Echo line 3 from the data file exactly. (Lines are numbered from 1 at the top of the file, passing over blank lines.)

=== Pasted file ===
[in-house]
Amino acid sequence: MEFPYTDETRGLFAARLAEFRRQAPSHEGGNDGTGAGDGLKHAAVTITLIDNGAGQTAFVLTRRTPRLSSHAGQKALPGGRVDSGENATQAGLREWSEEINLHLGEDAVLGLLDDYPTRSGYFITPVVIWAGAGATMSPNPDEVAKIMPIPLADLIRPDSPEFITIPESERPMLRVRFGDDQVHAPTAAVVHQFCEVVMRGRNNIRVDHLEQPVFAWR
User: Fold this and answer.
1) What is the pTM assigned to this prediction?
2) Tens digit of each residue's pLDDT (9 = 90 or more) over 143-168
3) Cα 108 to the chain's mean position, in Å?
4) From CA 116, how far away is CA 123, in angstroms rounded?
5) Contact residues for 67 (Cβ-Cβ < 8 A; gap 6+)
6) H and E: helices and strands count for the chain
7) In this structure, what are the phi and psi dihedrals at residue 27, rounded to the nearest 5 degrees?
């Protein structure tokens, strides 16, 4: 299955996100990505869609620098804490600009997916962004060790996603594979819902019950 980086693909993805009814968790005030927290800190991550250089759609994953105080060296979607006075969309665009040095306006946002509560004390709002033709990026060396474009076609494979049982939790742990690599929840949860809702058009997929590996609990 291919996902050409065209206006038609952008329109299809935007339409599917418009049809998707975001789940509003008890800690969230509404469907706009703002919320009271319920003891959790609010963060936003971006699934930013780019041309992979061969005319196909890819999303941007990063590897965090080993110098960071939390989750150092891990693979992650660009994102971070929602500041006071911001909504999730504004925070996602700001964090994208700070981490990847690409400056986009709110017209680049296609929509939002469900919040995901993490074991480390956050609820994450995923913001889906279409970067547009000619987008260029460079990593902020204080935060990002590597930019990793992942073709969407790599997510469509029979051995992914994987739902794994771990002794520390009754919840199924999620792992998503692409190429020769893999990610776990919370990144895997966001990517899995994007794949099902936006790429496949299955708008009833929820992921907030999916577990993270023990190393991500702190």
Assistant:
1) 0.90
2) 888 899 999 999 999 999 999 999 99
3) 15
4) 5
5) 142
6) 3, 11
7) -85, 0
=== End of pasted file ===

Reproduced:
User: Fold this and answer.